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I have database entry for password in md5 format, but when user uses the "Forgot password" then how can i give him/her the desired password?

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Oblig. nitpick: MD5 function is hashing - information is lost from the result, the original data is not recoverable. With encryption OTOH, the original data can be fully recovered with the correct key. –  Piskvor Dec 13 '10 at 11:49
    
possible duplicate of Is it possible to decrypt md5 hashes? –  Mechanical snail Jan 7 '13 at 23:26

5 Answers 5

up vote 10 down vote accepted

You can't do that from an MD5 hash; nor should you be able to. Password recovery ought to be intractable.

The usual process is to send a password-reset token (URL) to their email address so that the user can choose a new password.

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thanks @Marcelo Cantos –  OM The Eternity Nov 17 '11 at 9:51

You can't - MD5 is simply a "one way" hash - not a means of encrypting data that can subsequently be de-crypted.

As such, the general idea is to:

  1. Send the user an email to their registered address with a reset link in it. (To prove they actually own the address.) The reset link should contain a hash based on some aspect of their specific user data so it can't be easily guessed, etc. (e.g.: Account creation time.)

  2. When the user clicks the link they land on a password reset page that checks the above hash, generates a new password (ideally a mix of upper/lower and some numeric characters, although I always tend to omit character such as '0', 'o', 'O', etc. for the sake of clarity) and then sends the user the new password in an email, advising them that they should change this password as soon as possible.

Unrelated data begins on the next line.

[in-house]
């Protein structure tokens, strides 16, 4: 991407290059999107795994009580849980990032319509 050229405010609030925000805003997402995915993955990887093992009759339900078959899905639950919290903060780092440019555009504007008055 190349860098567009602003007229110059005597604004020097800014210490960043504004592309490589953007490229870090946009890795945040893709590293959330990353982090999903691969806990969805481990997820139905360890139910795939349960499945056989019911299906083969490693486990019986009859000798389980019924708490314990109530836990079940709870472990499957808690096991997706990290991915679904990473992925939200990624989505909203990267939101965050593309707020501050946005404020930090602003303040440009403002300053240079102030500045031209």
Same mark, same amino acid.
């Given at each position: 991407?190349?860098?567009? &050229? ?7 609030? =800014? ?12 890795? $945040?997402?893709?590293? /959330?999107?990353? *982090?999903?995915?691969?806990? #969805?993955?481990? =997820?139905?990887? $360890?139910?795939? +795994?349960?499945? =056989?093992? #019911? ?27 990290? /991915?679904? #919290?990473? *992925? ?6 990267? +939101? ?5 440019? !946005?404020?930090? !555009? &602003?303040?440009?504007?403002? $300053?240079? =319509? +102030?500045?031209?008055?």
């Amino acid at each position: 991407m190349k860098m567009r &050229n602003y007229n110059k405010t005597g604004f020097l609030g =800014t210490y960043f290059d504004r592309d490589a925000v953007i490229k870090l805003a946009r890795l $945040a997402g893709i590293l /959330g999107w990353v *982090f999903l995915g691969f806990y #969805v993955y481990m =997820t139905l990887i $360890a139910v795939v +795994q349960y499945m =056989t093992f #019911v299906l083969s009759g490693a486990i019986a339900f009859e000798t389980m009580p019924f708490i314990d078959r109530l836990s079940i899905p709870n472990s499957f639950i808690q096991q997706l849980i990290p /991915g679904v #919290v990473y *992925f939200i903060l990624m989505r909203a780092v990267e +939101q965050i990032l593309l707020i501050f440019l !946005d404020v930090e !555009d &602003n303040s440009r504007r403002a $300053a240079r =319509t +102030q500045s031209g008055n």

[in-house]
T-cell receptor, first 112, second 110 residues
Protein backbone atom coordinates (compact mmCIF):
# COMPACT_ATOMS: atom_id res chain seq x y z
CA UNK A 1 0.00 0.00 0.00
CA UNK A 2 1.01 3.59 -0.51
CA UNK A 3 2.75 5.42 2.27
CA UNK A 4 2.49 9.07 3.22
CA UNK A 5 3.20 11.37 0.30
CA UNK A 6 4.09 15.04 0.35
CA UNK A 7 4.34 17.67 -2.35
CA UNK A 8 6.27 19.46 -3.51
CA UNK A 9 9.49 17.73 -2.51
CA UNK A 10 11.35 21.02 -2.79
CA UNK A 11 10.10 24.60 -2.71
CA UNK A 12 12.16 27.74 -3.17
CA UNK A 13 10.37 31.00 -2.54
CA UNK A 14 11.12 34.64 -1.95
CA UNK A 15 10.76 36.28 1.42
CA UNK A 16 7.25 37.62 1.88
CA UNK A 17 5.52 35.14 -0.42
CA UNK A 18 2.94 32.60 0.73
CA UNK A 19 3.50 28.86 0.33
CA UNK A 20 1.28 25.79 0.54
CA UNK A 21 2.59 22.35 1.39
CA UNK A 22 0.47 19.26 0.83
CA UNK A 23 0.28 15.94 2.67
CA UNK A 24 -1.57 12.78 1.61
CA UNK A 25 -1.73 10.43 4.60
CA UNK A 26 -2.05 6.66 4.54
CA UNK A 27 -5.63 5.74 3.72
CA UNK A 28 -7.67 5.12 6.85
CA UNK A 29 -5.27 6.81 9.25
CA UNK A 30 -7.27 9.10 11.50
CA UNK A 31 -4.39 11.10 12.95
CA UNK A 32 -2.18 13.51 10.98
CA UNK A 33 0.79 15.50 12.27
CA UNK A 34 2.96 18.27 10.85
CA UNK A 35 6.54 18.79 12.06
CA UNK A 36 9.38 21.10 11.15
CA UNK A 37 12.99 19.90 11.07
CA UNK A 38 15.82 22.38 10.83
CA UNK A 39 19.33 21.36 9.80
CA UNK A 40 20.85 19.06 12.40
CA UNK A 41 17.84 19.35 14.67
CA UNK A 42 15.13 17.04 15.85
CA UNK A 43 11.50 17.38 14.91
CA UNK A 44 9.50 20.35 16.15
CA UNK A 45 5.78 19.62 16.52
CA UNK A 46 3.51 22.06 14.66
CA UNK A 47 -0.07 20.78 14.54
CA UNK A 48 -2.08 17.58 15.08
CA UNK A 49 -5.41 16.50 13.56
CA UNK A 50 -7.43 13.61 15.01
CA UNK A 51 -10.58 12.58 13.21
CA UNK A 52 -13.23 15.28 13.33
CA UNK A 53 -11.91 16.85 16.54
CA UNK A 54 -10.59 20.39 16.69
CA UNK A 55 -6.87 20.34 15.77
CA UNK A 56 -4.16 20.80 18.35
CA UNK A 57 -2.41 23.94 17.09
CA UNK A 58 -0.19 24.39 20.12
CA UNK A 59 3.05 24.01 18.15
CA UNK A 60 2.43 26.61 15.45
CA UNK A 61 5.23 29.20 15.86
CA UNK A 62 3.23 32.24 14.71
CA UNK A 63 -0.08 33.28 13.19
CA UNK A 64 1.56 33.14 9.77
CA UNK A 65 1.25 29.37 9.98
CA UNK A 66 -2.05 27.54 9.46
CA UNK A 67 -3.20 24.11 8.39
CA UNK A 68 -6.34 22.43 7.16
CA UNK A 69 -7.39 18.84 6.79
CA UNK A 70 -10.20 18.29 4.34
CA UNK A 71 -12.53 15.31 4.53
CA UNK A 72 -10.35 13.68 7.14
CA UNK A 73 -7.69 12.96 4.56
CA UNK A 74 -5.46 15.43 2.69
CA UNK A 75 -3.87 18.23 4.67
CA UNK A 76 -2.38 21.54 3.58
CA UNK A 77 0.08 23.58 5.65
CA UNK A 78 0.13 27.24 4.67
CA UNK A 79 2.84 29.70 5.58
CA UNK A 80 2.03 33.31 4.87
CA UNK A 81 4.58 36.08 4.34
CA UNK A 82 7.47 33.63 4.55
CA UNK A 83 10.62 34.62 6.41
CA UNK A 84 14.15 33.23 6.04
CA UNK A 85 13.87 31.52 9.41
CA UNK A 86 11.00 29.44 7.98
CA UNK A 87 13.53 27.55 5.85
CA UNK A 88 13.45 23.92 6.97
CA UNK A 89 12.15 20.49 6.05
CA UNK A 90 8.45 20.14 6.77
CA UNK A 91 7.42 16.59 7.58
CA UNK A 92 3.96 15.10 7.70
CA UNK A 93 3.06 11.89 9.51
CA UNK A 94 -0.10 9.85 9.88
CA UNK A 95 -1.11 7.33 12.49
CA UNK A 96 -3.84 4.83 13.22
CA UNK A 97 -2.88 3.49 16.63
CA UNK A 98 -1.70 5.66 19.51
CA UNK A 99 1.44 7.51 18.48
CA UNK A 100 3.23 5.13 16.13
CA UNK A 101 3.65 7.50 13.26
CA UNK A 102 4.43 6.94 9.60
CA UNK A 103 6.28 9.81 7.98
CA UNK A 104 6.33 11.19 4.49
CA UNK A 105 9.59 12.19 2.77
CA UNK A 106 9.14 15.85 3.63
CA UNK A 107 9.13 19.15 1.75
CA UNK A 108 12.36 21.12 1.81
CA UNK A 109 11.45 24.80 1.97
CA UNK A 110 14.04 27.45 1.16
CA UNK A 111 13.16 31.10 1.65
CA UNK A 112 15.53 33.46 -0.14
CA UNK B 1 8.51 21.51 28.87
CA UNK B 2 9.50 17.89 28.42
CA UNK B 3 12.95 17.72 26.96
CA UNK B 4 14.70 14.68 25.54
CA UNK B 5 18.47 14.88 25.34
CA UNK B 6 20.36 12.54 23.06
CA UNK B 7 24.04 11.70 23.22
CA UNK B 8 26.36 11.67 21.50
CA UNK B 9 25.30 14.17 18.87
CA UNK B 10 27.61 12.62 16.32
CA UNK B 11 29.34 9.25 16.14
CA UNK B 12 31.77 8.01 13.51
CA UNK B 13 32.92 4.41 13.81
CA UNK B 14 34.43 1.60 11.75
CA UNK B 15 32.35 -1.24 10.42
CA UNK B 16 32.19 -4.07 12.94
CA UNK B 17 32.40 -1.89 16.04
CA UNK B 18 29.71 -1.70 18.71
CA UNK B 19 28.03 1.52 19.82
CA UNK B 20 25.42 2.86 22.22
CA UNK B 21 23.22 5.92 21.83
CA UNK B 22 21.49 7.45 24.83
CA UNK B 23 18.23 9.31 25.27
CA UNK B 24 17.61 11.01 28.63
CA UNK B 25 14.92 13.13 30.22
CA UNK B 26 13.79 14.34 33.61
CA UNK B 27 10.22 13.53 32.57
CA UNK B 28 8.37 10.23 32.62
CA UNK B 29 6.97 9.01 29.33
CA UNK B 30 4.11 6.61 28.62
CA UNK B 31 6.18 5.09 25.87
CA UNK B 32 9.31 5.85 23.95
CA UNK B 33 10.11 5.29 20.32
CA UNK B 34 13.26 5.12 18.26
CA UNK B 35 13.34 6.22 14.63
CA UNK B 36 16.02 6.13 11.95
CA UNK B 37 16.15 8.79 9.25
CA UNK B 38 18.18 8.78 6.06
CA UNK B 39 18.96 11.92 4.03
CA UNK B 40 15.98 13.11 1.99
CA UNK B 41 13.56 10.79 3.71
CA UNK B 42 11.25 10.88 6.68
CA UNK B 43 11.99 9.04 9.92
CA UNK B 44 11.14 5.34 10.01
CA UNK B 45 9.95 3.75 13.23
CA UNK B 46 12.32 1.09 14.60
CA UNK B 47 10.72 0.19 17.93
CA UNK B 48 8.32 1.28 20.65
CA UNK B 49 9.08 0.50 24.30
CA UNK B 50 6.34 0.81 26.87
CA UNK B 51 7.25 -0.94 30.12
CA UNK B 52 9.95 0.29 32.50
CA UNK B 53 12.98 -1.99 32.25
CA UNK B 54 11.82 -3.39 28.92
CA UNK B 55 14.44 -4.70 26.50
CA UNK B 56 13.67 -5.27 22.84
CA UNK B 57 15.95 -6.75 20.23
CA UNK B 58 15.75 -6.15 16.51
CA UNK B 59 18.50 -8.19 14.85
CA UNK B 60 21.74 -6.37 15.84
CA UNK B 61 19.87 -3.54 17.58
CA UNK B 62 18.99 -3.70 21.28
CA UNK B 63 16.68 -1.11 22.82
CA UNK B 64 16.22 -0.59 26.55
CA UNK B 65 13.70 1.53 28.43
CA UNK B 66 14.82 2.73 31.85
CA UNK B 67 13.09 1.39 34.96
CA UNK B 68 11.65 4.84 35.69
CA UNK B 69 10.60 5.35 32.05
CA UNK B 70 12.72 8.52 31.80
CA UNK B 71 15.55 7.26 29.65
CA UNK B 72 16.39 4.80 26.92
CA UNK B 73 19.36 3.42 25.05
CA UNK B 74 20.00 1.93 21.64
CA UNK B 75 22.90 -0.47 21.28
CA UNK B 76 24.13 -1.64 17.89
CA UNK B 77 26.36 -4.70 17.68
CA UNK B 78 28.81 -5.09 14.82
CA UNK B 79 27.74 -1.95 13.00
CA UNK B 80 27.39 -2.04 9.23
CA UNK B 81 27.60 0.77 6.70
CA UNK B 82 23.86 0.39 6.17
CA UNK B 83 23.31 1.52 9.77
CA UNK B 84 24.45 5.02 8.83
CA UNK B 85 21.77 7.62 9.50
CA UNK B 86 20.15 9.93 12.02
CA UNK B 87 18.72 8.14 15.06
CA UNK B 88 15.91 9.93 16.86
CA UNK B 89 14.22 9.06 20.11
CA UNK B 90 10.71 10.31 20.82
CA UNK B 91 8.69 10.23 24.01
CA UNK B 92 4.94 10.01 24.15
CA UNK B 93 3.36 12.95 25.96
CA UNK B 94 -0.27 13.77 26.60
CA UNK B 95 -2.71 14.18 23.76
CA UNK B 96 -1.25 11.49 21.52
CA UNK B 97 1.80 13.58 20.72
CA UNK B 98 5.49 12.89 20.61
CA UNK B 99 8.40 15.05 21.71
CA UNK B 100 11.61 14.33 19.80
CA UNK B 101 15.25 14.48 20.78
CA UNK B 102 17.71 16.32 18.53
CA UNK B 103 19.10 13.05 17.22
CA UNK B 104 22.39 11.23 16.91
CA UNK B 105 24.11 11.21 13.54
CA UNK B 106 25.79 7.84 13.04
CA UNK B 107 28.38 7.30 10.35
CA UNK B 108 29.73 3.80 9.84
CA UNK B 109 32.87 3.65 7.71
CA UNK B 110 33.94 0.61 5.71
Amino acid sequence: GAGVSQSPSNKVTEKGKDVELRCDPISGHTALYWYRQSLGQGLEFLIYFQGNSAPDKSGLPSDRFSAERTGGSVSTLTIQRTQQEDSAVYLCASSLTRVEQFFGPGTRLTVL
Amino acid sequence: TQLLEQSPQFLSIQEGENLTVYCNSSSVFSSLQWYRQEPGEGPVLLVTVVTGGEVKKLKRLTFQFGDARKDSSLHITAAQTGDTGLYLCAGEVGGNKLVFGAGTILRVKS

The user can then log-in and access the site as per usual.

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I would just skip the second email sending new password. Let the user change the password directly from that link. –  Danosaure Dec 13 '10 at 16:55

You can't do it without putting the password in the database, which is undesirable, but you can generate him/her a new password and send it to them. Or a link where they can reset their password.

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You got a 1/100 chance of recovering that password (dictionary method) given the length of the password. I won't recommend it.

It's better to generate a new random password, and send it to the user's email.

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Much less than 1/100, actually - that's the whole point of hashing: simple and fast one way (data to hash), complicated and very slow (as in "almost impossible when done right") in the other direction (hash to data). –  Piskvor Dec 13 '10 at 11:52
    
@Piskvor actually that's just my estimation. :P it would depend on the dictionary used. –  Ruel Dec 13 '10 at 11:53
    
If you are getting a 1/100 recovery rate. You have a terribly insecure system. In fact, you can test your own system for recovery rates using the various md5 de/encoders out there. Shoot for 0% recovery. md5decrypter.com –  DampeS8N Dec 13 '10 at 12:37

you have to send a new password to the user and then set into the database also. otherwise the original password may not recover.

Thanks.

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